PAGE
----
Maplewoodians felt the rare feeling of retail elation this fall when they discovered that their local independent bookstore had not closed. Better yet, it was expanding and moving to a more prominent location, filling a nagging vacancy on Maplewood Avenue.
Jonah Zimiles, the new owner of Words, formerly Goldfinch Books, is feeling the love. But not just because he has rescued Maplewood Village’s bookstore: Words also is putting out the word that children and special needs customers are welcome.
Zimiles and wife Ellen are raising two children of their own here in Maplewood: 18-year-old Liz and 13-year-old Daniel. Ever since Daniel was diagnosed with autism several years ago, the Zimiles have been very involved in the local special needs community and Words will reflect that experience.
Says Zimiles, “It’s difficult for parents to bring special needs children into stores, though most Maplewood stores are welcoming, but we want to make it a stated mission and provide job training for special needs adults down the road.”
This mission has unexpectedly garnered generous responses. Interior decorating for the shop was donated by Dana Dowd Williams of Millburn, the New York ad agency Barker/DZP designed the awning and color palette, and a local publicist Gibson Associates is providing free PR. Fighting back a bit of emotion, Zimiles says that all this help has been “quite touching.”
Additionally, Words is dedicated to helping maintain Maplewood as an idyllic place to raise children and to retaining and expanding the retail mix in town.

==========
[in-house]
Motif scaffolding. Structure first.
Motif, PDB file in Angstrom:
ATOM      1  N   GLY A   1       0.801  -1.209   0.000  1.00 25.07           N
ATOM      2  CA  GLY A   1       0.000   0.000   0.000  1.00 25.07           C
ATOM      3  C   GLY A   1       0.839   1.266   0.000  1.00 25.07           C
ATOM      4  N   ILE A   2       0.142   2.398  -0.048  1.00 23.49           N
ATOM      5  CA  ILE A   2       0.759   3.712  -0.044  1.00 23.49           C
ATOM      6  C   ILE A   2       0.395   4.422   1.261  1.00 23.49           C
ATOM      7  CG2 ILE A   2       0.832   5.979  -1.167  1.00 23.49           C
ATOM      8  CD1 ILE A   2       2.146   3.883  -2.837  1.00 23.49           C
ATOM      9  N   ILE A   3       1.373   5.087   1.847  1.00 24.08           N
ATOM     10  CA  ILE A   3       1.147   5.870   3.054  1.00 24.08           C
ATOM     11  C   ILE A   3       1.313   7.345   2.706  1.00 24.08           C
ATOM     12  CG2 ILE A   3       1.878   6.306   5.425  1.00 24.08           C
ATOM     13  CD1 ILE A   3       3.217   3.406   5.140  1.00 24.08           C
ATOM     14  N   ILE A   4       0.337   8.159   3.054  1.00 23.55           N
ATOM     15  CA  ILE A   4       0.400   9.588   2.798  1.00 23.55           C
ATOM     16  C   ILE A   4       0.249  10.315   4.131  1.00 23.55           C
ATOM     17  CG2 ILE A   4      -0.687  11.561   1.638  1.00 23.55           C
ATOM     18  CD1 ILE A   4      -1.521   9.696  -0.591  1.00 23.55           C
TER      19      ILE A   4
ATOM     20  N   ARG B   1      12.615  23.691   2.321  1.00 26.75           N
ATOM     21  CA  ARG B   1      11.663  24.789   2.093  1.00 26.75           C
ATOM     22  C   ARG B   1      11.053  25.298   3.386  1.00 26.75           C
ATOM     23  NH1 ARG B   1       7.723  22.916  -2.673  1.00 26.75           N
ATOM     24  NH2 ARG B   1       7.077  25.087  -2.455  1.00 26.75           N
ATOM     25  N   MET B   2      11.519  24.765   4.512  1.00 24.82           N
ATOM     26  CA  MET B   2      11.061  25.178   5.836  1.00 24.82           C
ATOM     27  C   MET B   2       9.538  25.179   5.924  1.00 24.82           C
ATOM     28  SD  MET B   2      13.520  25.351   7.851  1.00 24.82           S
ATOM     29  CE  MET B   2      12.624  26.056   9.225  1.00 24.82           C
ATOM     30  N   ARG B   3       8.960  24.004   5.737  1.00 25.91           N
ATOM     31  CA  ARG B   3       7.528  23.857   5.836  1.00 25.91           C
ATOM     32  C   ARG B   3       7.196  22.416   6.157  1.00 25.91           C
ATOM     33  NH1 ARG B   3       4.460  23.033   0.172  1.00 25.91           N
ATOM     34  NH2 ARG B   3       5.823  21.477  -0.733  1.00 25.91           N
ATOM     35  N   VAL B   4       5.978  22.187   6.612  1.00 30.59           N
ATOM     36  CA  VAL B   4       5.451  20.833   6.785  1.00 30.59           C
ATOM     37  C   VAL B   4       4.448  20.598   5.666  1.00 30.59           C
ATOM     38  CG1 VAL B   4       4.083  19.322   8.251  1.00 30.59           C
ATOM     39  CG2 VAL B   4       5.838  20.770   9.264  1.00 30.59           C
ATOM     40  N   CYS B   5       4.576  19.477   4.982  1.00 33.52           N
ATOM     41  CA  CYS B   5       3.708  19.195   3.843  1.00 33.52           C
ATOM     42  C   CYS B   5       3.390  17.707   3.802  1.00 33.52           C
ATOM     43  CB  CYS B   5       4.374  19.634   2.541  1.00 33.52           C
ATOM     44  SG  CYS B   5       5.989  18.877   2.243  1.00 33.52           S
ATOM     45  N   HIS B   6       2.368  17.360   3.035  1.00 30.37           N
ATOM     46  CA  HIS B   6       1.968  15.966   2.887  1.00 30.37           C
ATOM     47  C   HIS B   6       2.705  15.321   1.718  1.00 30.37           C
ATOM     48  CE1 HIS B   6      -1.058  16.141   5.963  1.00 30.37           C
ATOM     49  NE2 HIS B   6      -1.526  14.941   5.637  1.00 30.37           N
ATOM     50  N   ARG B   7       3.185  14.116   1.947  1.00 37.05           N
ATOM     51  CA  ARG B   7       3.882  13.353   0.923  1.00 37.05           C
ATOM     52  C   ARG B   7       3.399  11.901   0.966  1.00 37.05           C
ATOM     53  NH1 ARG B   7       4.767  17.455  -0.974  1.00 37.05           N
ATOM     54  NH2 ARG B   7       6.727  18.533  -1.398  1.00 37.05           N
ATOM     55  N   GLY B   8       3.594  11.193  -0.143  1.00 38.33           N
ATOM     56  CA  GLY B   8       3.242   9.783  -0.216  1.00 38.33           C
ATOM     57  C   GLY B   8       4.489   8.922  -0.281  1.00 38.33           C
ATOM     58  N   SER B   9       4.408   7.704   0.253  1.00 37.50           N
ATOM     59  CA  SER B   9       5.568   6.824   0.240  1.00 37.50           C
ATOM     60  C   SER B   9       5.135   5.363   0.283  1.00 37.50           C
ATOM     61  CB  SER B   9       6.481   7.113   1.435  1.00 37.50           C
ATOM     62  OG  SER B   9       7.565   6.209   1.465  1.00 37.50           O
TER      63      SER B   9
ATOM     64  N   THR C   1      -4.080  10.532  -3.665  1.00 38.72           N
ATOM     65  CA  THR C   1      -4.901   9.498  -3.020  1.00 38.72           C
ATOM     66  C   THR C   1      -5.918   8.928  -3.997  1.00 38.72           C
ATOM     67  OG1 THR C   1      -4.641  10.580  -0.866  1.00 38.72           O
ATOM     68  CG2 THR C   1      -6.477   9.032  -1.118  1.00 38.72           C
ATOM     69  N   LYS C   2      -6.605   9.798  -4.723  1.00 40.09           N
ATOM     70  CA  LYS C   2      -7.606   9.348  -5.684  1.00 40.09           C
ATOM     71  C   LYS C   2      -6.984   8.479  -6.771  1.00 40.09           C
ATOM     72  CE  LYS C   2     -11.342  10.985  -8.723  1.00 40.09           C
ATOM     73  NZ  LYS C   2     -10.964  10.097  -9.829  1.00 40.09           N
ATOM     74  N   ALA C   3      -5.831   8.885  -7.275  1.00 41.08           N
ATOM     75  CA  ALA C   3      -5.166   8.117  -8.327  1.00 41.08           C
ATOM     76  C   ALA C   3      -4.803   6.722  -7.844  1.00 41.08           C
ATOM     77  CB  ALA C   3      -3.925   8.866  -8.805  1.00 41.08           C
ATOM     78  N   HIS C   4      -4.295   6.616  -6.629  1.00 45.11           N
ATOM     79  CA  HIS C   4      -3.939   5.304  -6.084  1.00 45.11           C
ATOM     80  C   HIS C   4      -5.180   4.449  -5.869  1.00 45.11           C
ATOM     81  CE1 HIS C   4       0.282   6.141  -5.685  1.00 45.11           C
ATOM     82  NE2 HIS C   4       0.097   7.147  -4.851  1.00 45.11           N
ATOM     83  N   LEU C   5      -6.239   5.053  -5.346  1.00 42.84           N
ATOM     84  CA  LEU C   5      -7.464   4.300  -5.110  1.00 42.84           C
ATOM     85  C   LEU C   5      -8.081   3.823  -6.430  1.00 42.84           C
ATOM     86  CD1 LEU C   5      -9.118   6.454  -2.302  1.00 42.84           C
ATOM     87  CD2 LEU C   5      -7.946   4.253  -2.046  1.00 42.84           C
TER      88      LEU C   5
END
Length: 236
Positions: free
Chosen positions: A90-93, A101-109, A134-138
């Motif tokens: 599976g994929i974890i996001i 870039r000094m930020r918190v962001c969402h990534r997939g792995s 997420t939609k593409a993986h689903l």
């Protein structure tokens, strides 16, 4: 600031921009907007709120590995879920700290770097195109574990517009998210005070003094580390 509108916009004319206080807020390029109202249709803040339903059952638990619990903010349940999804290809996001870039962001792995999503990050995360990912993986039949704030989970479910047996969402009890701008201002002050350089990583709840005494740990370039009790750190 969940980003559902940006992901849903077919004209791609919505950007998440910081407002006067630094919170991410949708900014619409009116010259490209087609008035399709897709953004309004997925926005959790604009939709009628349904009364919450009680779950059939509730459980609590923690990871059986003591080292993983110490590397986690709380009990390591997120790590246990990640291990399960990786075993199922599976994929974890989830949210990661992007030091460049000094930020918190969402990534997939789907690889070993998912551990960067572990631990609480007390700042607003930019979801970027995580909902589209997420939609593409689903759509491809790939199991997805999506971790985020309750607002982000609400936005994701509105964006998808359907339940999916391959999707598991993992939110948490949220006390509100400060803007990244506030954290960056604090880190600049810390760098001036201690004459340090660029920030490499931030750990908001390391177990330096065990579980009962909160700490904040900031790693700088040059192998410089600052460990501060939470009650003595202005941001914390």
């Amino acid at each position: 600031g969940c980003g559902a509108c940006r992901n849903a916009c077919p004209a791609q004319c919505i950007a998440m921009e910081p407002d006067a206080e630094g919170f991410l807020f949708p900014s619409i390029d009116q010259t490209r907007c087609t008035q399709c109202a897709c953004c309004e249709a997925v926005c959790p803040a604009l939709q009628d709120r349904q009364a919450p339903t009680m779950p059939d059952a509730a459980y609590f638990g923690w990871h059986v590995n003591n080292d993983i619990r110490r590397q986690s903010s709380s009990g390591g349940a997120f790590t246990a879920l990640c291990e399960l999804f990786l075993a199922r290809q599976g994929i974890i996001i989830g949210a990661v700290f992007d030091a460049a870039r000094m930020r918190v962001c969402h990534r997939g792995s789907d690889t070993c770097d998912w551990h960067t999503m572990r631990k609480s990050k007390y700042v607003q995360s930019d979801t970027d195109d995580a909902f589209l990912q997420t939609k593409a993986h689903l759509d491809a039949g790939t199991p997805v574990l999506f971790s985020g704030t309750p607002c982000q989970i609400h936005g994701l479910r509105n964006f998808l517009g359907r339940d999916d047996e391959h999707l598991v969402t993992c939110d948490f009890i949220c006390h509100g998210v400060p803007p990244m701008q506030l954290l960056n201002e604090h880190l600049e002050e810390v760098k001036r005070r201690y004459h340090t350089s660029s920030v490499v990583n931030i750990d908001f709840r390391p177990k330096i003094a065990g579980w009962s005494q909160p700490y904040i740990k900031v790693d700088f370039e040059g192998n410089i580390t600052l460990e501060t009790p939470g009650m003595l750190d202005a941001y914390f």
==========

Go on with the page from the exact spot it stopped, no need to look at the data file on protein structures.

When so many independent retailers are struggling, how does Words plan to thrive? Zimiles will put his recently acquired Columbia MBA to work, offer extended hours (eventually staying open until 10 PM, he hopes), and integrate the store with the community.
“This store is an expression of faith in the community. If we support the community and provide a beneficial service, I expect positive things to flow. But our job is to put up first,” Zimiles said.
The 2,300 square foot bookstore features an expanded inventory (Goldfinch had only 850 square feet) including a generous and growing special needs section; a children’s seating area with table, chairs, rug and bean bag chairs; two other seating areas; and large television screens at the front and the back of the shop that will promote upcoming events, other local businesses, and upcoming releases (technology is a special interest for Zimiles). He will also sell local paraphernalia (school t-shirts and such) to give the establishment that college bookstore ambience and make customers “feel more like it is their store.”
As for the rumors of coffee service: “No, not for now.” Zimiles says that serving coffee requires additional layers of approvals. For now, he is concentrating on learning to be a topnotch bookseller.
If karma has anything to do with success, Zimiles is stockpiling the good kind: He brought all the former Goldfinch employees along with him, and they have been “fantastic and a godsend.”
Words, which opened for business quietly on January 20, will celebrate its Grand Opening on Saturday, February 21, at 10am, with a ribbon-cutting ceremony and free treats for shoppers.